GODFREY — Cowboy Slim’s Smokehouse and Saloon closed Thursday after a Madison County Sheriff’s deputy served notice of a liquor license violation to the establishment, said the Godfrey mayor who also serves as the village liquor commissioner.
“I had to pull their liquor license; we got notification that their dram shop insurance was canceled,” Mayor Mike McCormick said to The Telegraph Thursday evening about the bar at 7120 Montclair Ave. “They have to have that to serve liquor.”
Dram shop liability insurance covers proprietors of a business that serves alcohol. The insurance protects them from being liable for accidents caused by customers who became intoxicated inside the business.
“The Madison County Sheriff’s Department served them (at) about 4:30 p.m. (Thursday); they shut them down, told them they had to lock the door,” McCormick recounted.
Cowboy Slim’s owner and chef, Amanda Castelli, has been involved with other establishments including The Rotten Apple at 220 W. Main St. in Grafton where she managed the bar and restaurant owned by Chris Hines, who Castelli had previously described as her boyfriend. The duo began operating the Grafton pub in approximately September 2012, when they took over the bar and grill from the previous owner, Jesse Jones, who continued to own the building and leased it to Hines.
By September 2013, while the Grafton Rotten Apple had been closed and also faced a liquor license violation in Grafton, Hines and Castelli opened a new Godfrey restaurant on approximately Aug. 31, 2013, also called The Rotten Apple Pub and Grill at 7120 Montclair Ave., where it closed in approximately December 2013. McCormick said to the Telegraph at the time that the bar had no issues with the village.
Then Castelli, as Cowboy Slim’s sole owner and its chef, opened the bar and grill this past Jan. 29. In a previous interview with the Telegraph, she said she named the bar and grill after Cowboy Slim Rinehart, who she said was one of the first singing cowboys.
At Grafton’s first city council meeting of September 2013, Grafton Mayor Tom Thompson announced the suspension of the Grafton Rotten Apple’s liquor license. The Jersey County Sheriff’s Department had cited the establishment a few months earlier for serving liquor to minors and the fine of $100 to the city had yet to be paid, Thompson explained at the meeting. The fine was paid the day after the meeting and the liquor license became active again, Thompson subsequently told the Telegraph.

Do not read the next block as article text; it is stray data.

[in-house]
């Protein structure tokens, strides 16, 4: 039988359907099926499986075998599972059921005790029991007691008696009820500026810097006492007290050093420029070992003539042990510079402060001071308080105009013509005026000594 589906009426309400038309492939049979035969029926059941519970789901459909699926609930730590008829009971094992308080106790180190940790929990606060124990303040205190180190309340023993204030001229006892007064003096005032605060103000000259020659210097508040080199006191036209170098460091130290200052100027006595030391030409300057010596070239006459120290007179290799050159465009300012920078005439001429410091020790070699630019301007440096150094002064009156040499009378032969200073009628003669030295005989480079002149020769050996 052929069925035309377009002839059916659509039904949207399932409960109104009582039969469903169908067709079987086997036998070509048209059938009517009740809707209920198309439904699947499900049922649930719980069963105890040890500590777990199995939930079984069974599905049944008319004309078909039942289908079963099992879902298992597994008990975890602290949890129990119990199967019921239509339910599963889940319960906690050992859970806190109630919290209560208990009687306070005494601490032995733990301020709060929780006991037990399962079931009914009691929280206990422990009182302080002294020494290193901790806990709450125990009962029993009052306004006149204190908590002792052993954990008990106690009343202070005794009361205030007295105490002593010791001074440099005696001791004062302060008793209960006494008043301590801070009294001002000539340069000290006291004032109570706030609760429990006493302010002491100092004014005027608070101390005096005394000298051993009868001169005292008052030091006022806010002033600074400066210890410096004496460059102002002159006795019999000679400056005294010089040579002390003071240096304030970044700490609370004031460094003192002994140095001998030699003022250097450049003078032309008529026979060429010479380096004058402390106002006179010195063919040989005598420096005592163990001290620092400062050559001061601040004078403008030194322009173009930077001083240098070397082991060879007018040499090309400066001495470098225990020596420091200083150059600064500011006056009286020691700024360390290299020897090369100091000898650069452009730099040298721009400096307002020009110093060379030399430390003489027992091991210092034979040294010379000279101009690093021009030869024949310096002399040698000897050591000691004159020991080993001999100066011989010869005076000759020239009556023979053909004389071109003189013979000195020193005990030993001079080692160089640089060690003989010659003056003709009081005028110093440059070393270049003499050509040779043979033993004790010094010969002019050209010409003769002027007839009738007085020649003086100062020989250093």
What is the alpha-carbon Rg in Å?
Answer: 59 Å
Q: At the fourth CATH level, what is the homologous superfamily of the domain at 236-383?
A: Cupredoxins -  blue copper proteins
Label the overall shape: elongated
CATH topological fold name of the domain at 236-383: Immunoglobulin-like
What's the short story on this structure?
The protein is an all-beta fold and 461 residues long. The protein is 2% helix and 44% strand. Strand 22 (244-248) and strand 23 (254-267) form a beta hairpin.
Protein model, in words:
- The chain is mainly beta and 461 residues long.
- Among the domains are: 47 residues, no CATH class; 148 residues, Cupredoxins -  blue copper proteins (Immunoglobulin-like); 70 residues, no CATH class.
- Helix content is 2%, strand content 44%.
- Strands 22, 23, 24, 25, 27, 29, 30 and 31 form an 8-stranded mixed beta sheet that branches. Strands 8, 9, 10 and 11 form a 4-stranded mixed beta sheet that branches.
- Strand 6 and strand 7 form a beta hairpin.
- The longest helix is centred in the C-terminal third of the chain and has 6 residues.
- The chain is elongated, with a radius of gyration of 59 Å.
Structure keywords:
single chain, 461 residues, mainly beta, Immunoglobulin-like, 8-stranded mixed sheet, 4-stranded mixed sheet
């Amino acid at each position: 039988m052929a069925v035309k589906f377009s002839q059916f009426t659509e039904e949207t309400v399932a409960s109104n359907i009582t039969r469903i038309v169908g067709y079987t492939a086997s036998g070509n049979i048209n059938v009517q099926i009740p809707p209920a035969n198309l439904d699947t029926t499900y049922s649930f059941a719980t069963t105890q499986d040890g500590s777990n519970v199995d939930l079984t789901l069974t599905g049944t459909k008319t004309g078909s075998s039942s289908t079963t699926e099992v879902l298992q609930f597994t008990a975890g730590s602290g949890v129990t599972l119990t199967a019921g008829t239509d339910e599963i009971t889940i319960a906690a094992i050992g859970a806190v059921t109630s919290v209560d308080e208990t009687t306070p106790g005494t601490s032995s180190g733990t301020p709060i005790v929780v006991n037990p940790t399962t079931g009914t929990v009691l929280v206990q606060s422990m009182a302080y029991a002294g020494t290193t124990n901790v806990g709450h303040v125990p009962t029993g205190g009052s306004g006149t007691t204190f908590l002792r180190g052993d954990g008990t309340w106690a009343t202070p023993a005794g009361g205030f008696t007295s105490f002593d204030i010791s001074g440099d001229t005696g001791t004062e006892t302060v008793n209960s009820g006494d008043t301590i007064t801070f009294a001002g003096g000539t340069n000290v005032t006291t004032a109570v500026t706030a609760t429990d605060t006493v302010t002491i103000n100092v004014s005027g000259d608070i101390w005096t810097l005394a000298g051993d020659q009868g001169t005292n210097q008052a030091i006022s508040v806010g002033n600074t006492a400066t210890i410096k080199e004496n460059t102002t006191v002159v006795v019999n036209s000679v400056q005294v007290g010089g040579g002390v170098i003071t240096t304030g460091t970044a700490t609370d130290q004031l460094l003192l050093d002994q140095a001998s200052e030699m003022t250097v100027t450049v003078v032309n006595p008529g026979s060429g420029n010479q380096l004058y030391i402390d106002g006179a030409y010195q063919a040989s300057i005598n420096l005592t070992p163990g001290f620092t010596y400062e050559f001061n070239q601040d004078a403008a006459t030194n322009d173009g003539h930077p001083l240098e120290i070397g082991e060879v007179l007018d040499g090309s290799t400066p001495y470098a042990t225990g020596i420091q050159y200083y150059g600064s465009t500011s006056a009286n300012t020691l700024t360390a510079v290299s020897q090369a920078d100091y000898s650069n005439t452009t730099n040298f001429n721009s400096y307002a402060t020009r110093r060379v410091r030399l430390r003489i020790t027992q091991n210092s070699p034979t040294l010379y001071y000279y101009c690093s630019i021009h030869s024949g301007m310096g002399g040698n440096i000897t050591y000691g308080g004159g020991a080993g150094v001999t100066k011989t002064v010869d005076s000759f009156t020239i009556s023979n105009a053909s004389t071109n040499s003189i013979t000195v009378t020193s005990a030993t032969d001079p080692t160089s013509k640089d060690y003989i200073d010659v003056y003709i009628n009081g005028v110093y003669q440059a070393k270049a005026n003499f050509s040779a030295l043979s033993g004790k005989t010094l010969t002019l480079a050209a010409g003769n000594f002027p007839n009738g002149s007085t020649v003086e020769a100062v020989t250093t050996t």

The Grafton Rotten Apple never reopened and the city of Grafton was left with a steep unpaid water bill from the business. The city eventually collected the debt but not without further effort. Hines and Jones, who still owned the building, appeared before the Grafton City Council which asked for the bill’s payment or any subsequent establishment in the building, would not be granted a liquor license. Jones paid the water bill, he said.
Castelli also is in an owner partnership at High Flyers Grille in Bethalto, along with Jerseyville’s Tony’s North proprietors Paul and Erin Ventimiglia, who is Hines’ sister.
McCormick said when Hines and Castelli talked to him about opening the Rotten Apple in Godfrey, they told him they both were involved in Jake’s Steaks, a popular restaurant at Laclede’s Landing in St. Louis, which now is closed.
The mayor said he looked forward to a good restaurant to move into 7120 Montclair Ave., which had been vacant for years, since it was Sid’s Roadhouse owned by Sid Ingram. Castelli has said she and Hines lease the building from Ingram. Before it was Sid’s Roadhouse, Ingram’s wife and daughter ran a restaurant called Sycamore Inn, McCormick said.
Jill Moon can be reached at (618) 208-6448 and Twitter @jill_moon.